Zoom is available to all Haverford community members, and allows users to video conference with people either in large groups or in smaller sessions. Zoom also has the ability to record your meetings online and add captions, if you want to do more formal presentations that you can then share afterwards via Moodle.

Pros: Available to everyone with a haverford email address, can be used with anyone as long as the ‘Host’ has a licensed account, allows for interaction with participants to be a part of the recording, if that is important to you. Provides meetings transcriptions, which can be downloaded as caption files. 

Cons: Limited long term storage space, you will have to download the recording after it is available and upload it to Box.com, Google Drive, or Moodle if you want to hang on to the recording. Limited to no editing capabilities. 

Note: Starting September 27, 2020, Zoom will require a password for all meetings. See this explanation from IITS.

Expert: Alex Savoth, Charles Woodard

Whiteboard and Notebook Display Tricks

We’ve learned of various ways to share a whiteboard, notebook or other content while on Zoom. These include:

  • Share Tablet with Stylus.  If you have a tablet and stylus you can connect it directly to zoom, then share its screen and allow participants to see everything you write or draw.  See detailed explanation here.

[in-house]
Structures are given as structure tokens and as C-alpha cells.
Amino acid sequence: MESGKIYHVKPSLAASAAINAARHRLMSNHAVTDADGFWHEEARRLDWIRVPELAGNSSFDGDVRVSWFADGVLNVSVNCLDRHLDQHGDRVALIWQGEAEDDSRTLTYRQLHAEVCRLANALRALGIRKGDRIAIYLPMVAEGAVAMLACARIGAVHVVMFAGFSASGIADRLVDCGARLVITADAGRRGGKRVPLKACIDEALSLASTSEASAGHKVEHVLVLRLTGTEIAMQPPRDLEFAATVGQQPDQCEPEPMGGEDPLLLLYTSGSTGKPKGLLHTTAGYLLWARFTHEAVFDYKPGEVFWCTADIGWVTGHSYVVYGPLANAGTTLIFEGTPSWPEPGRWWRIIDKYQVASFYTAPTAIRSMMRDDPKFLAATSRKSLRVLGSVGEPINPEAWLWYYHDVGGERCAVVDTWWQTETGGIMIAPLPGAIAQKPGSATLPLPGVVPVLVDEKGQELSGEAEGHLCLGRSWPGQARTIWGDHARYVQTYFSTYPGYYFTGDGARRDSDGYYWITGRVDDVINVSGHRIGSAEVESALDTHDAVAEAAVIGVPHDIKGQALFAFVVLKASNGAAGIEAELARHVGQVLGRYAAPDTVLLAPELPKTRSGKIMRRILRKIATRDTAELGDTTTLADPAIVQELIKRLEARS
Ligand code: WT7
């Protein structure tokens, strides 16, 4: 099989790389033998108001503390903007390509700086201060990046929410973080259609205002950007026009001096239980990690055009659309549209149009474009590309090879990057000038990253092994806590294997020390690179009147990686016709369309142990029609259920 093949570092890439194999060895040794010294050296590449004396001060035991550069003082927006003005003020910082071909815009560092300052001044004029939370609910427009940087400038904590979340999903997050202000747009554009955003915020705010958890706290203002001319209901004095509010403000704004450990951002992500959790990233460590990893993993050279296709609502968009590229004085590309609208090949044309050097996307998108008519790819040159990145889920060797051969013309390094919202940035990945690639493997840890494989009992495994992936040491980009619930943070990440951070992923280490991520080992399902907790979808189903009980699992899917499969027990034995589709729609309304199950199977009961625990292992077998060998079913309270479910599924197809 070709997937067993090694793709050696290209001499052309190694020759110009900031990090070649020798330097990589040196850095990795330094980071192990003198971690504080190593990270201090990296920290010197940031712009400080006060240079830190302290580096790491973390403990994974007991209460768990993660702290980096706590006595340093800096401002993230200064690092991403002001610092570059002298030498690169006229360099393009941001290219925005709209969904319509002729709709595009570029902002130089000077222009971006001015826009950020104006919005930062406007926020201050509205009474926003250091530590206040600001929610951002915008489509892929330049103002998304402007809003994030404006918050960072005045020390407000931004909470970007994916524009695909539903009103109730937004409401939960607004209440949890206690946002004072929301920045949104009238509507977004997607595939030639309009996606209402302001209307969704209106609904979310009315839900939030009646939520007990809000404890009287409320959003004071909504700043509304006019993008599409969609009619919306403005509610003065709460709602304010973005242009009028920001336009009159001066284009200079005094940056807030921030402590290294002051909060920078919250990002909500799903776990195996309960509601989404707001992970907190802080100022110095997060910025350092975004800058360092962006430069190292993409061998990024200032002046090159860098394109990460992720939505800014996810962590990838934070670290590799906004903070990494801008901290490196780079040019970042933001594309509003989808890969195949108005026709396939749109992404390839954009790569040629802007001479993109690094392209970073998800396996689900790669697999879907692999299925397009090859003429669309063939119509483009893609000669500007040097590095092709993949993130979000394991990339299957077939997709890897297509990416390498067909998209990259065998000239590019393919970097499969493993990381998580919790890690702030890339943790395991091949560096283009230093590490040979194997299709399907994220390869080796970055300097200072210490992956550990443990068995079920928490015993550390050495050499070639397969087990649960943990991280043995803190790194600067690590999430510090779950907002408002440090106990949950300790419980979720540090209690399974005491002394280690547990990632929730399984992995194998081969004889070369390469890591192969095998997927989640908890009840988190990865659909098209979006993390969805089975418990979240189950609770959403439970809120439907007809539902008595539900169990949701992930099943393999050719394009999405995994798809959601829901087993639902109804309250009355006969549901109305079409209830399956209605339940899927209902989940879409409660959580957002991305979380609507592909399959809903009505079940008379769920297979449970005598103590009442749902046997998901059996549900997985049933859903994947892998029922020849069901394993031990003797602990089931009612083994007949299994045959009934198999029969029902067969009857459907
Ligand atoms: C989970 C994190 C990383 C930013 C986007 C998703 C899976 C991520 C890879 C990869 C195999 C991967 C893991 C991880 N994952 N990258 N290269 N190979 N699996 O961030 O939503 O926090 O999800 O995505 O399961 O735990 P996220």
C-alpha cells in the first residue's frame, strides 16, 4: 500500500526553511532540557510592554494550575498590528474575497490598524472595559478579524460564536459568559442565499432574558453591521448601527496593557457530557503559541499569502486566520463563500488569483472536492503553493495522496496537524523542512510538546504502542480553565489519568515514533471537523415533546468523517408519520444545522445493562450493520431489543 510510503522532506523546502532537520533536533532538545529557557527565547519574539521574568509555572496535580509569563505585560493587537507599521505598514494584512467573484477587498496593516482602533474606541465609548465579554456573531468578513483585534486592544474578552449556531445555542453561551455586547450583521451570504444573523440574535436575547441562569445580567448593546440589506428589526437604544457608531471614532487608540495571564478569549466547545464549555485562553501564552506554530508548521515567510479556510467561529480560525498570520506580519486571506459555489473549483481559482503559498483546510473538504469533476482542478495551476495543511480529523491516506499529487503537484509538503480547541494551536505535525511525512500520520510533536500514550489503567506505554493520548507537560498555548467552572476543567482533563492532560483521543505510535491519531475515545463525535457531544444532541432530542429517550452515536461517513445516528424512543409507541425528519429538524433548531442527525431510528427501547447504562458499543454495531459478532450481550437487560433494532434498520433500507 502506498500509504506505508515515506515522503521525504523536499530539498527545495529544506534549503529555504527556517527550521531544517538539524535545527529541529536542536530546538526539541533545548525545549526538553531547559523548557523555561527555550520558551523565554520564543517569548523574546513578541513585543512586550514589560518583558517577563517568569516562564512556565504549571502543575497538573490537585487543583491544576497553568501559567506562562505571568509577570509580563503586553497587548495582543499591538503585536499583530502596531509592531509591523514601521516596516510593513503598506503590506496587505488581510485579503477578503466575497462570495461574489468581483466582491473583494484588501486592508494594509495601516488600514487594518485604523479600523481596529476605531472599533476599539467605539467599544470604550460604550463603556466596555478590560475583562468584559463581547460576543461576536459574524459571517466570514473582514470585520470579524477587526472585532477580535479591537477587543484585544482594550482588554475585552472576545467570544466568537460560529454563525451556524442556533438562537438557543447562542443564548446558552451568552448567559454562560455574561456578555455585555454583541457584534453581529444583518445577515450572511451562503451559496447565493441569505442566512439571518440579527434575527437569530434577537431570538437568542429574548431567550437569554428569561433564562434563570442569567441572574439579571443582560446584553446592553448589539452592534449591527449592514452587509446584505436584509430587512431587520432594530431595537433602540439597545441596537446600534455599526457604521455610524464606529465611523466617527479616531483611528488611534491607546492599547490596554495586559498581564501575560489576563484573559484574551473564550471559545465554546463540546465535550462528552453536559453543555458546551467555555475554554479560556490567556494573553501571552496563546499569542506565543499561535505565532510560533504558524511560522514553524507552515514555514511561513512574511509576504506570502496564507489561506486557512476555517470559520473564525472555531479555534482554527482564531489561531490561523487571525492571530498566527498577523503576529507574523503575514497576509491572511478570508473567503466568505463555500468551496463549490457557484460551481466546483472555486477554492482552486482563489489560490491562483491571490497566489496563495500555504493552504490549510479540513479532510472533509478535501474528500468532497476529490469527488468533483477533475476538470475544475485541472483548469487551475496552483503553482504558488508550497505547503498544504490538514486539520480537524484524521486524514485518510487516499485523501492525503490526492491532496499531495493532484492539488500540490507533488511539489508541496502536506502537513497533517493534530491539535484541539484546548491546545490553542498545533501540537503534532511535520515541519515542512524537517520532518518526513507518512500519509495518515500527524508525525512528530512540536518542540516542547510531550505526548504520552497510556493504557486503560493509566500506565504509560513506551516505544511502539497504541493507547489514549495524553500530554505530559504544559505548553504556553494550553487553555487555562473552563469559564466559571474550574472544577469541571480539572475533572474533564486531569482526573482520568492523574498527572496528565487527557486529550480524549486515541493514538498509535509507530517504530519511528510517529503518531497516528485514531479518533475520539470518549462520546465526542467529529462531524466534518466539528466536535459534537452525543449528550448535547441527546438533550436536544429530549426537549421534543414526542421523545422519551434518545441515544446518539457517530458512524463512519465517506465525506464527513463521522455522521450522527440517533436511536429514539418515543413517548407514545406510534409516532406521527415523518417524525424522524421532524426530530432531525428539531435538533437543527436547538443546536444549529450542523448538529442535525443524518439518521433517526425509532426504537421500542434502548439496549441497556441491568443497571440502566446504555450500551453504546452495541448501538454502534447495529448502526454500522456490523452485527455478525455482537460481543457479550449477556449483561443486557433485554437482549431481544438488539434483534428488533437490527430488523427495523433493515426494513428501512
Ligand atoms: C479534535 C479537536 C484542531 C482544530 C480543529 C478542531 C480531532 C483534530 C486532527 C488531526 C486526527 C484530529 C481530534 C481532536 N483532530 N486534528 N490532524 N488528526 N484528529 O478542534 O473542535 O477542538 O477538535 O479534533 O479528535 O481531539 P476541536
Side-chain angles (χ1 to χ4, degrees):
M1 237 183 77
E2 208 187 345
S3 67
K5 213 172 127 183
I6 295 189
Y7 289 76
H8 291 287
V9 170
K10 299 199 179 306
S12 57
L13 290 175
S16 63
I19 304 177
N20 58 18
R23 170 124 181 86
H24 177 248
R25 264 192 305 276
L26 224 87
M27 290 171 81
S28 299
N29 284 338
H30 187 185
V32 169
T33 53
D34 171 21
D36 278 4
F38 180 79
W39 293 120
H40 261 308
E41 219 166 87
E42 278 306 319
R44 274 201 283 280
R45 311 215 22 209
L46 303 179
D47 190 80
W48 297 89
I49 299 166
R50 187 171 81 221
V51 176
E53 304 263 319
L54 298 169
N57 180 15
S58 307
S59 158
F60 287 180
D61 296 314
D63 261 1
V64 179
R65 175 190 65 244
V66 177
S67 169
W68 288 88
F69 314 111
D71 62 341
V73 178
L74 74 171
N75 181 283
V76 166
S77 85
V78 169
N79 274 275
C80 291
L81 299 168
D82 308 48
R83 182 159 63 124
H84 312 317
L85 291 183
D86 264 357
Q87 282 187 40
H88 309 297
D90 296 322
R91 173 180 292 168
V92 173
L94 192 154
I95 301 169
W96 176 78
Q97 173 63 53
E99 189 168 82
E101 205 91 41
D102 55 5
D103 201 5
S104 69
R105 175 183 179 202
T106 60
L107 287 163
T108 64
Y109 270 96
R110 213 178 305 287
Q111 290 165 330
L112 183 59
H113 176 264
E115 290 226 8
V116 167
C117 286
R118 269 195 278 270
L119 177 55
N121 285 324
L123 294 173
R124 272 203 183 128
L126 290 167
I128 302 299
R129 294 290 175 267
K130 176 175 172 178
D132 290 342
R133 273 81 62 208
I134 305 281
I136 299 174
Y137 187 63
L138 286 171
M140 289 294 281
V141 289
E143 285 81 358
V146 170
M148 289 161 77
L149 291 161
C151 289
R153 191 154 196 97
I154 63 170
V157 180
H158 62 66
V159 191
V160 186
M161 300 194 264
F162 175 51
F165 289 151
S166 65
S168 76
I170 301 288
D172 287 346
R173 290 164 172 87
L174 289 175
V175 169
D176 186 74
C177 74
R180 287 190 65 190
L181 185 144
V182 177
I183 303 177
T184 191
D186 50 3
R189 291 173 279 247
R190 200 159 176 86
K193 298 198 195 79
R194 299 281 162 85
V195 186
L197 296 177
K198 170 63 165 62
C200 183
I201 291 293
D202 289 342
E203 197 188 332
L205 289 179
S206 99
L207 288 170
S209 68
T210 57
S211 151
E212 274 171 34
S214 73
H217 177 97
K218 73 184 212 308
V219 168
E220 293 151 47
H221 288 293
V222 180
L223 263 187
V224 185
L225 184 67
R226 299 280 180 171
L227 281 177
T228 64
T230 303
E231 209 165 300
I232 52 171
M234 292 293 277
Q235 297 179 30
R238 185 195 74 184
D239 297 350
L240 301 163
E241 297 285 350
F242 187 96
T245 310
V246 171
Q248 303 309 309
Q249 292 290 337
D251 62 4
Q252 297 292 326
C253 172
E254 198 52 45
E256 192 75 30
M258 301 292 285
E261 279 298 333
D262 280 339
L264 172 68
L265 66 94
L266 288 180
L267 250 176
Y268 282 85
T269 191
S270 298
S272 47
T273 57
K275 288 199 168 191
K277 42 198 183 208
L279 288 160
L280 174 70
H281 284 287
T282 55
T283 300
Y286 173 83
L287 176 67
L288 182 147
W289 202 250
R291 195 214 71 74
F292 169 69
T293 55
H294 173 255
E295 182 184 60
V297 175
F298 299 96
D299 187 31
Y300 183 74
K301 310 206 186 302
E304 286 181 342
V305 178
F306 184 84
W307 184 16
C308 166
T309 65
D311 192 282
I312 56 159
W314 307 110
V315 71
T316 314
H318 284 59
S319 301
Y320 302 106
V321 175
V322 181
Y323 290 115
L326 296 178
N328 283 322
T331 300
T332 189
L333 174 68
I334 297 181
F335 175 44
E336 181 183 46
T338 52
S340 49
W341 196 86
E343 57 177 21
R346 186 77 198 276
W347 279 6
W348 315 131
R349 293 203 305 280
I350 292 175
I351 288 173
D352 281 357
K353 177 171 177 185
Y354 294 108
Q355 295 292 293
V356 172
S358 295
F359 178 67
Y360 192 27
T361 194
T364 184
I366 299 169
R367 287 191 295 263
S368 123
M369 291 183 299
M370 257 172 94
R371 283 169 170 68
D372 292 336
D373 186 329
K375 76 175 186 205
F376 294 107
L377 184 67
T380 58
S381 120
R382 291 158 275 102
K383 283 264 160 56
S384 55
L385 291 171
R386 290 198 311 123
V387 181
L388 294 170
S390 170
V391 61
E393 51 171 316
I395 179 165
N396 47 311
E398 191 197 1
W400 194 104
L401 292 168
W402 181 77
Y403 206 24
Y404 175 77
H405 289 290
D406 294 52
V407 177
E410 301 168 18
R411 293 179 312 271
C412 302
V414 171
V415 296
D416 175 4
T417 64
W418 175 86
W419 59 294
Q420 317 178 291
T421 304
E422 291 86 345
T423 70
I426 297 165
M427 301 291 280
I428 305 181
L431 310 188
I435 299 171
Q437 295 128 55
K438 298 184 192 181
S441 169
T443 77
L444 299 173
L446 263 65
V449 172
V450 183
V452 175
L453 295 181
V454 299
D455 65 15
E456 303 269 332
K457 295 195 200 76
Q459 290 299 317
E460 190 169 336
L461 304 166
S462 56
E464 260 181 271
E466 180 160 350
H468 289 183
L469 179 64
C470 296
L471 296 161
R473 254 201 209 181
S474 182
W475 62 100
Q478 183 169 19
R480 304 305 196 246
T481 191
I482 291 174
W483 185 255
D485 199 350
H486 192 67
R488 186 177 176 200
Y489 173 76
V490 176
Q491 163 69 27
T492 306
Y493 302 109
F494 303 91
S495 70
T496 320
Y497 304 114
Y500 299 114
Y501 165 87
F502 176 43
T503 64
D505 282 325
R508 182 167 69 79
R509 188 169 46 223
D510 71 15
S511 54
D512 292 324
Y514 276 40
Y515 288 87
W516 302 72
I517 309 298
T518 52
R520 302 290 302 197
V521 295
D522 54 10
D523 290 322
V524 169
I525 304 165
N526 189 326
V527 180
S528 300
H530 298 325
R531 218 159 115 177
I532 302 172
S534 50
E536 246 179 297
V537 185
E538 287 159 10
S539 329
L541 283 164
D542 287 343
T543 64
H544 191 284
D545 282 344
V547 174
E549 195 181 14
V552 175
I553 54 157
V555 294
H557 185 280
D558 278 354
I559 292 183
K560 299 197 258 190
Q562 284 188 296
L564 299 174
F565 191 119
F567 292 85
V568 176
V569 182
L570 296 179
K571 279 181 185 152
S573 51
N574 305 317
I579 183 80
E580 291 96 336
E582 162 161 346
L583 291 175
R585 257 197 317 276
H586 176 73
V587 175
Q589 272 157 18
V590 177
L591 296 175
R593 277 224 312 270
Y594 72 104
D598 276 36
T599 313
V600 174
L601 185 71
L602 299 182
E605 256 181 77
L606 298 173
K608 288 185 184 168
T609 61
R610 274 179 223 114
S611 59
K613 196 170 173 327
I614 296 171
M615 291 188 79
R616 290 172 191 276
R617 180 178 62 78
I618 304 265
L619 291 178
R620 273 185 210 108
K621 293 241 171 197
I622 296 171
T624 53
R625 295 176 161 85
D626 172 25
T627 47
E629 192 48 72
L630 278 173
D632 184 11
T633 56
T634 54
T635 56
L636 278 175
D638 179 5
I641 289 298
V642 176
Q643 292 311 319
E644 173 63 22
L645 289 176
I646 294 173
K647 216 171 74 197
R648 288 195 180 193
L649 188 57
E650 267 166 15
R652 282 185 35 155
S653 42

• Share Notebook with Phone Camera.  Here you raid your pantry for a pair of cans that will hold your phone over a notebook as you write.  Install Zoom on the phone and join the meeting, then ‘share’ the camera to participants. If you have an iPhone you can share the phone camera via a wired or wireless connection (see here). You could even record the Zoom session and thus make a permanent, shared record of what you wrote and explained.  Here is one version of this approach:
  • View Whiteboard, Lab, or Studio Situation with Laptop, Camera, or Phone.  Here Suzanne Amador-Kane uses an artist’s easel, large whiteboard, and house-bound spouse to demonstrate how to broadcast or record a lecture.  Here also is another version of this done with two devices.

Pros:   Gets the job done.

Cons:  Some solutions require multiple devices. Hacks can be unstable (in all ways).  Tricky to avoid audio feedback problems.